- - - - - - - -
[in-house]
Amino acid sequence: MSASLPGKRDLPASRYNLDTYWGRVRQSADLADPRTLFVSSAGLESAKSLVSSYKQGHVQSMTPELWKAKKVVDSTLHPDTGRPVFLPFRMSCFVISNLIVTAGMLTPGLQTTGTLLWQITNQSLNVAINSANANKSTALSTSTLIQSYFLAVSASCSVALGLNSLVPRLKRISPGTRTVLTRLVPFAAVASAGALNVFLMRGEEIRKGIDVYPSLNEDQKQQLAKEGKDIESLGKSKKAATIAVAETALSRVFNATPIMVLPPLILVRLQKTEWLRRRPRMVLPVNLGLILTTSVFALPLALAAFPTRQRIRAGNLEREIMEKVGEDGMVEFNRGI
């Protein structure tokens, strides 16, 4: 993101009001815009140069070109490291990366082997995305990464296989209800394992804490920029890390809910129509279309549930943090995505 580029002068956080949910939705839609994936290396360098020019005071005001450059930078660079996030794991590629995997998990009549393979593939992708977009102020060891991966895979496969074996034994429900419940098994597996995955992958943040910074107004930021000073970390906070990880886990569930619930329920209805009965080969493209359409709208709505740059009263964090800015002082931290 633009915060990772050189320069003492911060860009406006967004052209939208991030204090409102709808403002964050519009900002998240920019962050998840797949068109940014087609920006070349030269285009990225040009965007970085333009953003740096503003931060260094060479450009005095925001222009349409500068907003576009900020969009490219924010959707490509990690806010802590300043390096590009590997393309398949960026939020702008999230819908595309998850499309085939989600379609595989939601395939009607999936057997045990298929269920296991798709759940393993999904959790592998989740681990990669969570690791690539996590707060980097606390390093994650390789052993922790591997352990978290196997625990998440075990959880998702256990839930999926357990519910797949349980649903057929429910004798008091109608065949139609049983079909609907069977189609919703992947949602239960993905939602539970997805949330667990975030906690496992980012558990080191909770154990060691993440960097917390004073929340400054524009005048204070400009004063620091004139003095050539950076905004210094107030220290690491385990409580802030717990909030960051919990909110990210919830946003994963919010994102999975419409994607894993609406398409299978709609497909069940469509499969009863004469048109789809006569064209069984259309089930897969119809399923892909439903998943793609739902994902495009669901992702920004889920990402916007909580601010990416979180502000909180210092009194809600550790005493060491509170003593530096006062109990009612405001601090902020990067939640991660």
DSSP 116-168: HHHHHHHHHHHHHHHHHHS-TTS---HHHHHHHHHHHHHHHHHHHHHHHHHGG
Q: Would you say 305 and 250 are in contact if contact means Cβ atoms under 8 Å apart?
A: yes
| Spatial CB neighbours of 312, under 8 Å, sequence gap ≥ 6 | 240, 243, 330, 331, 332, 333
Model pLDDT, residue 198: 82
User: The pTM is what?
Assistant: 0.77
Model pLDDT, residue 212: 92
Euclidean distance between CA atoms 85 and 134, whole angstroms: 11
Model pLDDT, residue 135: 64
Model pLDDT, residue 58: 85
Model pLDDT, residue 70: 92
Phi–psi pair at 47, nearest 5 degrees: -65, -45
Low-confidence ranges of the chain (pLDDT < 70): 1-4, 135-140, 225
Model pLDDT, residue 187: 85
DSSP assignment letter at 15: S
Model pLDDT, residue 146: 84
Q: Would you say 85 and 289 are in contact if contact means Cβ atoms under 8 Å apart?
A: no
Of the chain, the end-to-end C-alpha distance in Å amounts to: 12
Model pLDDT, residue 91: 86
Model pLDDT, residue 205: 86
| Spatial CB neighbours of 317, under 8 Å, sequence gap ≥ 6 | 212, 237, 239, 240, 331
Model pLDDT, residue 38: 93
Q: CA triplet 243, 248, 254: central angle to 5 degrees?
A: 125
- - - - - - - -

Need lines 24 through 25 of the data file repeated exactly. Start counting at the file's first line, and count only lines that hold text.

Model pLDDT, residue 91: 86
Model pLDDT, residue 205: 86